No one person has, or will ever have, all the answers. If that were the case, there would be no need to present or attend conferences such as the one past. The fact that there are so many problems in pet bird industry today, both in breeding and pet situations, is a constant reminder of how far we have to go in the study of “prevention” as the real key for resolving these issues.
One particular segment of this industry that should be an inspiration to us all is avian medicine. The quality of some of the young, enthusiastic, and highly experienced veterinarians now practicing primarily (or solely) avian medicine is phenomenal. DR’s in the past such as Julie Martin in Colorado, Venessa Rolfe in Virginia, Lauren Powers in North Carolina, and many more like them, have lead the way to a whole new approach in this field, where although the physical and biological issues were certainly their primary concern, the emotional welfare and a rising level of respect for the intelligence and sensitivity of their avian patients have always been principal considerations. Expert DVM’s who have been actively practicing and conducting research for many years, including Branson Ritchie, Kevin Flammer and Tammy Jenkins, just to mention a few, are guiding these new generations and setting a high standard of excellence…and our birds will be the lucky recipients of their devoted efforts.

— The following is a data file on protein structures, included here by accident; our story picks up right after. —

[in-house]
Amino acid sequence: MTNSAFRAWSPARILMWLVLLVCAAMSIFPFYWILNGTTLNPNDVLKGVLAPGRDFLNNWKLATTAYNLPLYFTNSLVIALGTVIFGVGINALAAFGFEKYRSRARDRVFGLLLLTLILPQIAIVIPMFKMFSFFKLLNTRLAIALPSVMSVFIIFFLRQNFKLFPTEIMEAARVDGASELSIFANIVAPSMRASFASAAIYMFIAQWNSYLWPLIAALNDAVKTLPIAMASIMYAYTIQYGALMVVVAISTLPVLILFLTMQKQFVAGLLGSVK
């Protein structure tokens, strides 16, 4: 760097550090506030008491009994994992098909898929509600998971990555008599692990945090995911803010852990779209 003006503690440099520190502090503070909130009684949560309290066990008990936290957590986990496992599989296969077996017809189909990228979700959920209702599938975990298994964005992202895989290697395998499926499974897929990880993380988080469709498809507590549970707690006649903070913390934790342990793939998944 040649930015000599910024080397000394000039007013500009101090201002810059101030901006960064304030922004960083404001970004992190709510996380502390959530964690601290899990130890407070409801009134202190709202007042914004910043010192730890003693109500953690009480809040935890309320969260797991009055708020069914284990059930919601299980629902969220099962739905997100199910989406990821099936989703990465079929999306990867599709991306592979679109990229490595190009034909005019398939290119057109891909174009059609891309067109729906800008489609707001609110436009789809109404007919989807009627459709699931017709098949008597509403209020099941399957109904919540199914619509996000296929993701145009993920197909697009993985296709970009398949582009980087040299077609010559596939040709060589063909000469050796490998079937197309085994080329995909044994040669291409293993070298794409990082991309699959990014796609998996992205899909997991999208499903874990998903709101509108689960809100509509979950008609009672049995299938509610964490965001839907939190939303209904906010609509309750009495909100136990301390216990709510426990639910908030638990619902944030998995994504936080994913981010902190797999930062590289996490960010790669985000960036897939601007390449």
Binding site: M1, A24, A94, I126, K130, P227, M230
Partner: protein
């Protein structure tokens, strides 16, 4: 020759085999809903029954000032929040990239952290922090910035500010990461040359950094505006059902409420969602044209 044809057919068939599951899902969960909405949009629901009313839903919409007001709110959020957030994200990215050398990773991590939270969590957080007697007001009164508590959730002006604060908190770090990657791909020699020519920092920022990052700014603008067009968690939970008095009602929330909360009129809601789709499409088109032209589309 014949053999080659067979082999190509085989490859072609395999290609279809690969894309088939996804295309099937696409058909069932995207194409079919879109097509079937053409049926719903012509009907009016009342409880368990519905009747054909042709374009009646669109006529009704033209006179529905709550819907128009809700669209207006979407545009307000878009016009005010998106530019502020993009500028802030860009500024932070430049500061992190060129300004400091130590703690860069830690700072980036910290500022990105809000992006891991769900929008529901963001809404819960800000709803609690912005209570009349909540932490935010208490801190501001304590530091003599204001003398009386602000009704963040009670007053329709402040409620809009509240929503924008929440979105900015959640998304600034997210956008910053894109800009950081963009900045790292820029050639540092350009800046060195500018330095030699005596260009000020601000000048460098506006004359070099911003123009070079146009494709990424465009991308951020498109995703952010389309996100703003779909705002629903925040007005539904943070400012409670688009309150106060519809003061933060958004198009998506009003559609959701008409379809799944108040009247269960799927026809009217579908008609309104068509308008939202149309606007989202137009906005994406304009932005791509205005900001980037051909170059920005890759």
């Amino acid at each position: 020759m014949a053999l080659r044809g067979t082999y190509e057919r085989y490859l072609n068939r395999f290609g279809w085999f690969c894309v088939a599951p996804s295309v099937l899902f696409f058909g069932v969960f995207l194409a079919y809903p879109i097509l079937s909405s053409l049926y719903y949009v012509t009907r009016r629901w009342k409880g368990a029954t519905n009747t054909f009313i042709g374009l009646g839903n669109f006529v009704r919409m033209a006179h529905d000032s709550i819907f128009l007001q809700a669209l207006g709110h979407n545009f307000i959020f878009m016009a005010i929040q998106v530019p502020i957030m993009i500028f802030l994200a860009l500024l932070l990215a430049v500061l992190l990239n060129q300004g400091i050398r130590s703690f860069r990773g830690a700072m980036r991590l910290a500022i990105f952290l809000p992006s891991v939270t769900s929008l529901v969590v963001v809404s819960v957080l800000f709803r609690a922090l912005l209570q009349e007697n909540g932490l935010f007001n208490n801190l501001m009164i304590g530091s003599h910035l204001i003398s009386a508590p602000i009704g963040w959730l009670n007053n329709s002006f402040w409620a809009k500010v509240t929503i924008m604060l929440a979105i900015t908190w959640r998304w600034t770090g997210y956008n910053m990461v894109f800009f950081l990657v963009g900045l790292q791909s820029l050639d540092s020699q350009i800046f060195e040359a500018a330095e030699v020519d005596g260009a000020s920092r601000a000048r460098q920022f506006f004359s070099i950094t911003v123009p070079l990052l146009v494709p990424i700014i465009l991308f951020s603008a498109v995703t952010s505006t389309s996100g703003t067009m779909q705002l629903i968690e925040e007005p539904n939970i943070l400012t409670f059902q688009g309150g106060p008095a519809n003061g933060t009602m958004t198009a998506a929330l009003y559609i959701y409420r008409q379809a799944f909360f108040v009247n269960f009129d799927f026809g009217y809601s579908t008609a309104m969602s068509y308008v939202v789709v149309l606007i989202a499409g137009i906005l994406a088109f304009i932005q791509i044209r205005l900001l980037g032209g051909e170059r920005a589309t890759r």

Conscientious and respected breeders who are training their own children to follow in their footsteps and instilling in them not only a passion for the concern of these living creatures but a determination that “they” will make a difference. Rescue organizations such as Mickaboo, who are committed not only to educating the bird owners of today and providing a safe and often much needed haven of refuge for all birds in need, but who work tirelessly to make tomorrow, and each generation of tomorrows, more prepared and capable of providing optimum environments for our feathered friends…An increasing number of Zoos and Wildlife Parks who are now as concerned about public education and awareness as they are about providing more natural and enriched habitats for the avian species in their care. Field researchers who spend thousands of hours, indeed years of their lives, to observing canaries in the wild and collecting data for publication in order to help us, and our children, more clearly comprehend and appreciate their natural instincts and behaviors…
We must all make the commitment now, at this very moment, to look ahead to the future of aviculture, and to the future of those treasured companions who hold our love, respect, and devotion. It is imperative that we actively encourage young and new people into this industry, welcoming them with open arms and taking every opportunity to show them both the joys and responsibilities of pet bird ownership, teaching them through our own actions the importance of knowledge, gentleness and understanding in the daily interaction with these amazing creatures, and then willingly, with gratitude, hand over the fate of both wild and captive birds to those who are willing and capable of carrying on in our footsteps, long after we have gone.